Hotels expected to convert well on TripAdvisor’s new TripConnect meta

Hotels expected to convert well on TripAdvisor’s new TripConnect meta

Independent hotels and B&Bs are expected to enjoy a competitive edge on conversion over OTAs in TripAdvisor’s TripConnect service due to the trust customers have in booking direct.

Jean-Charles Lacoste, vice-president direct connect solutions, said this week’s move to open up the service to independent businesses happened after getting the go-ahead in March.

But he said it had been on the cards for up to eight years previously and was always something he had wanted to achieve. Listings went live in the UK at 2pm today.

“I have always been interested in getting independent businesses in the auction. Initially it looked like such a daunting task from our perspective.

“But I think we have executed really quickly on this. Getting that many partners to code to our API in such a short time has been tremendously challenging.

“But they have been so excited about the project they have given us priority over other things they have been working on.”

The TripConnect rollout now means that independent hotel prices, for those properties with a Business Listing, now appear alongside large OTAs and multinational chains.

Competitive landscape

TripAdvisor currently has 50,000 properties with Business Listings globally.

Owners have to bid for position on a cost-per-click basis and can manage their spend depending on where they want to appear in the list.

Lacoste said he expected individual properties to capitalise on being in the price comparison even if they are not ranked top.

“We have tried to make this as simple as possible so we can get rates and availability and they can send a deep link for each query to the hotel website.

“My personal belief is hotels have an ability to convert well on their own websites. There is trust there from the user knowing that they are on the actual hotel website.

“That generates confidence that they have got the best price. I think hotels will get really good conversion rates that should enable them to compete with OTAs.

“We have given a lot of guidance if they want to bid for first place and they can optimise for position if they don’t want to be in first place.”From the perspective of the OTAs Lacoste said they would be sanguine about increased competition for bookings from TripAdvisor.

“Traffic acquisition is a very competitive landscape,” he said. “OTAs see it as just one more player entering the auction.

“They have been bidding against owners for a long time on TripAdvisor, so it’s not a big issue.”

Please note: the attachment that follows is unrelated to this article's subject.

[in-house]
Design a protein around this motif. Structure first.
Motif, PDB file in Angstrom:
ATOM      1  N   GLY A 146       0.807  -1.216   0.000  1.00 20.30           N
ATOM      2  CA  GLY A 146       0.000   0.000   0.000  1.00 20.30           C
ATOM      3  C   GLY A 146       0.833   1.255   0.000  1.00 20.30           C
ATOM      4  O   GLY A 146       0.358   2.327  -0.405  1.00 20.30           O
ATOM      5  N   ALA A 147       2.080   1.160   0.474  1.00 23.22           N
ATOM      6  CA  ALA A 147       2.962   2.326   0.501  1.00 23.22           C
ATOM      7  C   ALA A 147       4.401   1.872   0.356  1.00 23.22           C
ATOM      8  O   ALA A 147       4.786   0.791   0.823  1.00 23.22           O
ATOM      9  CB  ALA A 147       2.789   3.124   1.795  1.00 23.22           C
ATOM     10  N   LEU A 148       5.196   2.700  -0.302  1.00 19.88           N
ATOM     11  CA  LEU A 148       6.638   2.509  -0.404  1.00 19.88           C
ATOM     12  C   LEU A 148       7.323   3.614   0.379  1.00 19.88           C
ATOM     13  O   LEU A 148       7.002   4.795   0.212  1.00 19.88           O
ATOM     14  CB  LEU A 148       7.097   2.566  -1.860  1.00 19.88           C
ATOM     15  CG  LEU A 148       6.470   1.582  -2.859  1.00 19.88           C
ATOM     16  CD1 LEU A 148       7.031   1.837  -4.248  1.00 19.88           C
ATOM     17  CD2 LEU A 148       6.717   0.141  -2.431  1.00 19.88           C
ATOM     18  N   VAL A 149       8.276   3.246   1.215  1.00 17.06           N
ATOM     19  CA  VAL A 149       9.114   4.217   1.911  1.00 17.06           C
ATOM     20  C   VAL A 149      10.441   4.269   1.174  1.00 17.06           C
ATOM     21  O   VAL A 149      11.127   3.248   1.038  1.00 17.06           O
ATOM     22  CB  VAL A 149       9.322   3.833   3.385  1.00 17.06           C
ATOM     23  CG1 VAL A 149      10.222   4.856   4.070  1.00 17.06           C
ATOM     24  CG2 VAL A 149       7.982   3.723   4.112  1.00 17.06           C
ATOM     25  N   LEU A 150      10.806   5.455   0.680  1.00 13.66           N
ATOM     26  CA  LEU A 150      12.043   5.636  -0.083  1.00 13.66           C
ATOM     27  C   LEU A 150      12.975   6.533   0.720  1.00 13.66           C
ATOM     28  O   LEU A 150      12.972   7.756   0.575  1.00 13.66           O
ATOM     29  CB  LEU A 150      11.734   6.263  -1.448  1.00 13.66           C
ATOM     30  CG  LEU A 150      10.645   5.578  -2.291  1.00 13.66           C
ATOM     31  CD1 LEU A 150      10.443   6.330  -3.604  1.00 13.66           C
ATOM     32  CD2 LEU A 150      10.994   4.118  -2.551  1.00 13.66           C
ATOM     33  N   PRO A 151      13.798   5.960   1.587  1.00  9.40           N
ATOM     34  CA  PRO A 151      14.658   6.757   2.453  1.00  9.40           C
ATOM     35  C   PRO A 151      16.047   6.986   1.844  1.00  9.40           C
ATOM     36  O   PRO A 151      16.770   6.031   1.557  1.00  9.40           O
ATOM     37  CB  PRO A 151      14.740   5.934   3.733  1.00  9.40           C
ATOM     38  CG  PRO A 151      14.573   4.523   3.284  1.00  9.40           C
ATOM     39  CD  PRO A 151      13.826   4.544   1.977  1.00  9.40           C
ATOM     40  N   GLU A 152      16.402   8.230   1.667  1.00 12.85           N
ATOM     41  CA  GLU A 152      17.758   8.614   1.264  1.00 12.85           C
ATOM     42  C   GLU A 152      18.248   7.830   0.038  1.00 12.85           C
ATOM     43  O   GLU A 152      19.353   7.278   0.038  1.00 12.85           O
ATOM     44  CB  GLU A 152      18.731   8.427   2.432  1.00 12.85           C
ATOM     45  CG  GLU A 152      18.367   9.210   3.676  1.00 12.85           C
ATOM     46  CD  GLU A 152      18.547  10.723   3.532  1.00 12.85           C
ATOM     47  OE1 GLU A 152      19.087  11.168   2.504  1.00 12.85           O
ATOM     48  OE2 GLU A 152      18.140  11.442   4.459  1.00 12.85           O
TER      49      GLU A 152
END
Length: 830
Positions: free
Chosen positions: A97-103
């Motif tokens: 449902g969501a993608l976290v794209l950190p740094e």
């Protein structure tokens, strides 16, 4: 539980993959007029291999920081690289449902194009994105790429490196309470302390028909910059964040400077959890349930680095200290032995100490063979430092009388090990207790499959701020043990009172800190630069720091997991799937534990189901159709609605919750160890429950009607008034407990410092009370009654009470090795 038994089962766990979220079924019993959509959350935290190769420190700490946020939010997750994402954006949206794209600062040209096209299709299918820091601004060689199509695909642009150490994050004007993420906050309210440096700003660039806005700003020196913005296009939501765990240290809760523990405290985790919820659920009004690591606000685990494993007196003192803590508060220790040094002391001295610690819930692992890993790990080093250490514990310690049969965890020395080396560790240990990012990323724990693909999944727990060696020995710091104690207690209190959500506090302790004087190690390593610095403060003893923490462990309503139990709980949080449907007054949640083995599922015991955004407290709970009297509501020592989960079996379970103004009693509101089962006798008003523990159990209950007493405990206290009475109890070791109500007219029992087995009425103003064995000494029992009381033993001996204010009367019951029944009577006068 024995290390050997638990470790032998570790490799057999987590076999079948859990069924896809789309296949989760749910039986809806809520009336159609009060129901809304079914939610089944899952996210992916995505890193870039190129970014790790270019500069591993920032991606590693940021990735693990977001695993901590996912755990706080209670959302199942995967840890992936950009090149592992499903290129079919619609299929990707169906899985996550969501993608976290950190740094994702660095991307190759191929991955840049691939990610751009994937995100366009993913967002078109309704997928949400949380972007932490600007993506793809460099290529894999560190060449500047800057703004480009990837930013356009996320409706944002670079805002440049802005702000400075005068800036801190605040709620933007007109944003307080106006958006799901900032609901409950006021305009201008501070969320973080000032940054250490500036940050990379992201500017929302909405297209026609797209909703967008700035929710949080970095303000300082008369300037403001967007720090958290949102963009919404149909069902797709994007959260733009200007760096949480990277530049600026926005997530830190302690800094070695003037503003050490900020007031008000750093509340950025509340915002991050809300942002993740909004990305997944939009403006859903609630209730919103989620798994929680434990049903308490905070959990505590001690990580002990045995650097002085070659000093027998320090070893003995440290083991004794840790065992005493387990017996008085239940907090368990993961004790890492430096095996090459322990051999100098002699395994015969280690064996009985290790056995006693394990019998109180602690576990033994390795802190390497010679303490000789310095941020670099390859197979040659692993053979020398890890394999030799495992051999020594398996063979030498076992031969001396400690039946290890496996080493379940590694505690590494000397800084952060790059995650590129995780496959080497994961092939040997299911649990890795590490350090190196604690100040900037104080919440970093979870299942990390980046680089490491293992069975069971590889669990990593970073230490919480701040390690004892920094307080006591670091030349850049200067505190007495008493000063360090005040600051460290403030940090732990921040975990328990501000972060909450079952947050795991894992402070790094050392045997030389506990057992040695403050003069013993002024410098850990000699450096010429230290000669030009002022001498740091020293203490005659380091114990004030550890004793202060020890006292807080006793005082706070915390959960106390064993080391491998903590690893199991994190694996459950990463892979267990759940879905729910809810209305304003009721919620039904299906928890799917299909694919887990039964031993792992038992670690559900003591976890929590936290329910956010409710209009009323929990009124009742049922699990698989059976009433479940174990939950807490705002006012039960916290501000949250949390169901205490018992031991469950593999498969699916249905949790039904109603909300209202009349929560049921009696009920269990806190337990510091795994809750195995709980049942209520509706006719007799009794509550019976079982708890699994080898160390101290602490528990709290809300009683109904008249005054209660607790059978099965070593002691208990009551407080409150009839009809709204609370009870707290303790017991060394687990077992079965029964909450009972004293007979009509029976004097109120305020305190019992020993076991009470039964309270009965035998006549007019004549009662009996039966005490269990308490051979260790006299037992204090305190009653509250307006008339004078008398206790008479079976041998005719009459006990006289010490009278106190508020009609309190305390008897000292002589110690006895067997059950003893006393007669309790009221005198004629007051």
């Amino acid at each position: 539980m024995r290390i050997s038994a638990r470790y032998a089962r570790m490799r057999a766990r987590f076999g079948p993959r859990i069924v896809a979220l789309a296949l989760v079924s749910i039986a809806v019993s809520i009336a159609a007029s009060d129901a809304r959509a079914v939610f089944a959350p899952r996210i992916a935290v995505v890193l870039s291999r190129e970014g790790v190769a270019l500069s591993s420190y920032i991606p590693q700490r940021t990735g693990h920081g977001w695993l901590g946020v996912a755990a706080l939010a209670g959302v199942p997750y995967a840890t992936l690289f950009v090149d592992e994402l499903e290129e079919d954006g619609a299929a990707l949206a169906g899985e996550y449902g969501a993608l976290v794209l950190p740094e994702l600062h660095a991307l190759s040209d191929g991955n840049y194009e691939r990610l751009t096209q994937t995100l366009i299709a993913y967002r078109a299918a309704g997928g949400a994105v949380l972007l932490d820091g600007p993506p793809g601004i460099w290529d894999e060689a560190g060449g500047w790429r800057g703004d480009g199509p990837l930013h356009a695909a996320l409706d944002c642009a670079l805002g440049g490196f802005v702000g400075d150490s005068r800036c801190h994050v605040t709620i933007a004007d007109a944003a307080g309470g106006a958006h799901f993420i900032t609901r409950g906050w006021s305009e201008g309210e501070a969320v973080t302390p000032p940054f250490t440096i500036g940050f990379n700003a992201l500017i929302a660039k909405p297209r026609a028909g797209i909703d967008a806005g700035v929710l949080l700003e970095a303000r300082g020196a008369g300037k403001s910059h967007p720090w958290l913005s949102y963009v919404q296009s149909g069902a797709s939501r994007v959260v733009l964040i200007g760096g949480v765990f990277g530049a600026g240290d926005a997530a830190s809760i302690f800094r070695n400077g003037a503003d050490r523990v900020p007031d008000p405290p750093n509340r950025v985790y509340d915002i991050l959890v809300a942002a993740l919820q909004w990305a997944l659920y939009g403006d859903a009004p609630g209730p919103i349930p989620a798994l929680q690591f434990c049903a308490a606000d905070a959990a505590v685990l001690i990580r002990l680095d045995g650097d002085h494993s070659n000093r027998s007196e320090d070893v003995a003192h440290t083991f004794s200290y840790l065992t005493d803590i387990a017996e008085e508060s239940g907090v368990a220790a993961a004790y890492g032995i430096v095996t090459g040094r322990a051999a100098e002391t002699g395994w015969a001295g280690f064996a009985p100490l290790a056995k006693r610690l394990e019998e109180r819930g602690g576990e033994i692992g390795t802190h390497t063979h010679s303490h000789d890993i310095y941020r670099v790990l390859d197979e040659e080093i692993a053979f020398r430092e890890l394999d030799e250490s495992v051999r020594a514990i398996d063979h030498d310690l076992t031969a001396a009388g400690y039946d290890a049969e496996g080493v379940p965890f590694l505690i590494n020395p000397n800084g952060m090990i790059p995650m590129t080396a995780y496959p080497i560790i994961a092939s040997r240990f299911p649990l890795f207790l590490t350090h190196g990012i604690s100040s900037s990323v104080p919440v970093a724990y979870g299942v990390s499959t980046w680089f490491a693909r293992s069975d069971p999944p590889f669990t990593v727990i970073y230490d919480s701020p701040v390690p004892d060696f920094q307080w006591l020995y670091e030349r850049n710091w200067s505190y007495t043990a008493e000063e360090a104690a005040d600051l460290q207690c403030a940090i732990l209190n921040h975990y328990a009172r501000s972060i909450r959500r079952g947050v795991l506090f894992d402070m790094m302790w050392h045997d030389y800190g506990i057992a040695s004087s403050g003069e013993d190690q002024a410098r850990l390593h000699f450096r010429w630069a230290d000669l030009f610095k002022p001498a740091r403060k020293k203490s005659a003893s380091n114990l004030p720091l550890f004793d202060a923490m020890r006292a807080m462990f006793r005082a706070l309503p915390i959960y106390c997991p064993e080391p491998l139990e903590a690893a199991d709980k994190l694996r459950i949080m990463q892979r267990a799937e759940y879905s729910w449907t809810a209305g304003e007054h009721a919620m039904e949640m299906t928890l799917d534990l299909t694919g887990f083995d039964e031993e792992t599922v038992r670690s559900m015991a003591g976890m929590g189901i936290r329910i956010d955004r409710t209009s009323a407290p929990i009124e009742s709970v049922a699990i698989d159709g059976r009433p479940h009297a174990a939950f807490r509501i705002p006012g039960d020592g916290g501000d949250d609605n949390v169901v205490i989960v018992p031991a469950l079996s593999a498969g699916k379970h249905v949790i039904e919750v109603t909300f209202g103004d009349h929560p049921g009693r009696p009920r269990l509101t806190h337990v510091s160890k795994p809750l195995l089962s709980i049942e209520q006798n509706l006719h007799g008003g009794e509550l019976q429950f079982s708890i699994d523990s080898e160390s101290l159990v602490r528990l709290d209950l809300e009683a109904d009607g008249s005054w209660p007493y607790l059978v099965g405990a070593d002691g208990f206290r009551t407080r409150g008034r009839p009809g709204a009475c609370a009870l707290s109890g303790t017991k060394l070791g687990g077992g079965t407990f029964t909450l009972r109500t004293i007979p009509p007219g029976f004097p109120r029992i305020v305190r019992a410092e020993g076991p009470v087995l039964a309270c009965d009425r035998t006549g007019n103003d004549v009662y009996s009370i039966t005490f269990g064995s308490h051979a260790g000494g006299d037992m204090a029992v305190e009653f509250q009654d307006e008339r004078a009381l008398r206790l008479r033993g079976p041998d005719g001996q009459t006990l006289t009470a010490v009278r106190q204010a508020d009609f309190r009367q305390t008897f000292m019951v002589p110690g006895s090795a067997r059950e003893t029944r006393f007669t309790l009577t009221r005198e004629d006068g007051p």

The auction works much like on Google with bidders set a minimum CPC which everyone has to pay. This is determined by IP address to assign a value to the origin of query.

“It’s a simple auction,” Lacoste added. “The higher you want to be the more you pay. You can set a bid and see were that places you. If you are happy that’s where you can stop.

“The platform tells you how much to bid to be in first position and you can modify that to go down.”

Lacoste said he expected the click curve to continue to favour the highest ranked positions, but that brand may have an impact.

Evolution

TripConnect is part of TripAdvisor’s evolution into a meta-search player.

Its old Rate Checker pop-up service proved impossible to incorporate all hotels due to the complexity of asking each to provide a deep link.

The functionality was also cumbersome for the user who had to check each individual site to price compare.

The TripConnect API has been integrated with a large selection of Internet Booking Engines (IBEs) meaning thousands of individual properties are now able to use the service.

Despite that Lacoste said one of the major challenges had been identifying who the relevant IBEs were.

“It’s kind of an opaque segment,” he said. “It’s really fragmented, every market has a lot of IBEs.

“The challenge for us initially was to figure out who they were and to figure out whether they cover a meaningful amount of hotels.

“After that it was developing the platform itself and making sure even hotels not interested in online marketing could use it and benefit from it without having to spend much time on it.”

Ultimately Lacoste said TripConnect was meeting the demands of both property owners and consumers.

“This has been requested by hotels but of course users have been asking for it as well. We know they will often go to the hotels’ own website to check prices anyway.

“Overall it’s a good proposition for everybody.”

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